Concluding 1 year of Astrobites

We made our first post in late December of 2010, so we’d like to take a look back at what Astrobites has become over its first year. Do you have a favorite Astrobite that has stuck in your mind? Please let us know by leaving a comment below.

A birthday cake for Astrobites.

Astrobites was founded with one goal: to help undergraduates participate in research by introducing them to the astrophysical literature. But we’ve also tried to address broader needs in the astronomical community. We’ve opened up our site to undergraduates to share their own research (you can submit your research abstract here). We’ve collected our best advice for navigating every stage of graduate school as part of our Astrobites glossaries. We even visited the AAS meeting in Boston this summer, distributing free cookies to any astronomer who stopped by (this was perhaps the greatest need in the community at the time).

We’ve summarized about 250 research papers on everything from exoplanets to galaxies. We’ve racked up nearly 200,000 page views and grown from just five contributors at Harvard University to 27 graduate students from around the world. We are grateful for all the support we’ve received along the way; especially to everyone who has contributed to Astrobites, all the readers who have given us their feedback, for generous introductions from Phil Plait and Astrobetter, and for hosting from VoxCharta.

Whether you’ve been with us since the beginning or this is the first time you’ve seen Astrobites, thank you for visiting the site! If you missed them the first time around, you may want to read some of our most popular Astrobites to date:

Paper summaries: (find more here)

• December 27: Origin of the Chemical Elements (Rauscher et al.)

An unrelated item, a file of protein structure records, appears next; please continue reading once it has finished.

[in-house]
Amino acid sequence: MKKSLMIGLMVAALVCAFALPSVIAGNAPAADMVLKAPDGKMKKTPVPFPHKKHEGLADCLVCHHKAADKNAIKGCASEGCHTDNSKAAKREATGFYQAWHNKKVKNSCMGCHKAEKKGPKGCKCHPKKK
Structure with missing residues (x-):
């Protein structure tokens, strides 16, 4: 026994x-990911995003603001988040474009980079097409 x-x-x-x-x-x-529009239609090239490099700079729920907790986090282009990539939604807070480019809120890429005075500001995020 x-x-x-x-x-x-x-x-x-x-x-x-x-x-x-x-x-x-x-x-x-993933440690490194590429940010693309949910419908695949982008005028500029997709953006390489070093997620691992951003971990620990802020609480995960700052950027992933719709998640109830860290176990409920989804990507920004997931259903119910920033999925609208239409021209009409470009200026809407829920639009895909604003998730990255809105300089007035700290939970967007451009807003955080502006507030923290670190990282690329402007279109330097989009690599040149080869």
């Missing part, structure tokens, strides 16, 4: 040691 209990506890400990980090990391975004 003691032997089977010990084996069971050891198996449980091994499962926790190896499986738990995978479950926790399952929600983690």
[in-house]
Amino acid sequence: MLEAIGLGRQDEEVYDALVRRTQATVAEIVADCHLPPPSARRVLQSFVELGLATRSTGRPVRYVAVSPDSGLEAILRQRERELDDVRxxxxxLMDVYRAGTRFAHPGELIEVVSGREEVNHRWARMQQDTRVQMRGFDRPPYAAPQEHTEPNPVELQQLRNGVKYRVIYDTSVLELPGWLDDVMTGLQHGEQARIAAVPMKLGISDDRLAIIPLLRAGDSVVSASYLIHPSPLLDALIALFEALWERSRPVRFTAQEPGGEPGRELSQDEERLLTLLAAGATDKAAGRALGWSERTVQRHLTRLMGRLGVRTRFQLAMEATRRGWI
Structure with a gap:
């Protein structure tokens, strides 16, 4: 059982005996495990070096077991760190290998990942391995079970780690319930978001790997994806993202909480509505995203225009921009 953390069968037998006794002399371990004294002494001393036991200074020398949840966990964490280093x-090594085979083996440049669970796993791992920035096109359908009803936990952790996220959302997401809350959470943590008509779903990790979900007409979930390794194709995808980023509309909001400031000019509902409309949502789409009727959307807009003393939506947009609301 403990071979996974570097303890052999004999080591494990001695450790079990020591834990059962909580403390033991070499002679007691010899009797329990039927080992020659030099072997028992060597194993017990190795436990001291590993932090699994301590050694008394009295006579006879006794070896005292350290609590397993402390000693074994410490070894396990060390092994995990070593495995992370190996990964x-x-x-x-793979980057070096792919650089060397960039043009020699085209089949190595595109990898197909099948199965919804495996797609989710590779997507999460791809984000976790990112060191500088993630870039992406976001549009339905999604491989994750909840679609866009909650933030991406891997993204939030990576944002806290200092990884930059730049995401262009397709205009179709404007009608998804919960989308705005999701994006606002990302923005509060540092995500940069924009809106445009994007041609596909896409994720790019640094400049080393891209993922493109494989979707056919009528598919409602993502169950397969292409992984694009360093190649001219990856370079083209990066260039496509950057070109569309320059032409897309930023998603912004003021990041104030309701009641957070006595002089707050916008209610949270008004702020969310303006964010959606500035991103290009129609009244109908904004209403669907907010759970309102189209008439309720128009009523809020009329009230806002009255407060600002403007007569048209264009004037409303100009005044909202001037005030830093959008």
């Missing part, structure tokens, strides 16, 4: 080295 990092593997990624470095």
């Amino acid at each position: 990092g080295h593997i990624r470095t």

• February 2: Astronomical methods for the year 1 trillion (Loeb)
• February 5: Anthropic Reasoning in Cosmology (Yurov et al.)
• May 4: Can the CMB Alone Provide Evidence for Dark Energy? (Sherwin et al.)
• July 5: Quakes on Jupiter: a new look at a familiar object (Gaulme et al.)
• July 7: Football on Mars: a lesson in creative thinking (Meredith et al.)
• July 26: Astrostatistics: How to fit a model to data (Hogg et al.)
• October 14: Observing the inner workings of star formation (Goddi et al.)
• October 27: It’s Not Easy Being Blue (Geller and Mathieu)
• December 2: Where are all the (intelligent) aliens? (Wiley)

Career Navigation: (find more here)

• February 3: The Hubble Effect: How to Advance Astronomy By Working for Free
• March 9: How to use SAO ds9 to examine astronomical images
• June 11: Running your first SPH simulation
• October 12: How to Attend your First Conference
• November 16: Some Preliminary Results from the Social Perceptions of Astronomy Survey

Guest pieces: (other personal experiences)

• April 16, John Johnson: Zen and the Art of Astronomy Research
• May 14, Jonathan Fortney: Scientific Temperament
• July 1, Amandeep Gill: Why I Chose Grad School
• July 11, 13 astronomy grad students: A day in the lives of astronomy grad students
• November 26, Benjamin Nelson: Your Gateway to the Bayesian Realm

If you like Astrobites, don’t forget to check out our sister site Chembites.

About Nathan Sanders

I am one of the members of the team that founded Astrobites in 2010 and a co-founder of ComSciCon, the Communicating Science Workshop for graduate students. I earned my Ph.D. in astronomy at Harvard University in 2014, focusing on observations of supernovae and their host galaxies; investigating how massive stars explode and enrich the interstellar medium. I did my undergraduate work at Michigan State University.

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  1. Many thanks to the Astrobites team. I’m an undergrad who has learnt a huge amount from this site over the past year… It’s becoming a “go to” place for astro info….

    best wishes for 2012

  2. This is my favourite astrophysics site. Thanks for the awesome work you’ve all put in!

  3. My favourite post was Nathan’s “How to use SAO ds9”. I’m an enthusiastic amateur not an undergraduate, so this site helps me keep up to date with the latest research I might not otherwise find on the web. So, congratulations, guys – and keep up the good work.

  4. Thanks for the approx 250 research paper summaries! Hope you guys have an equally successfully 2012!


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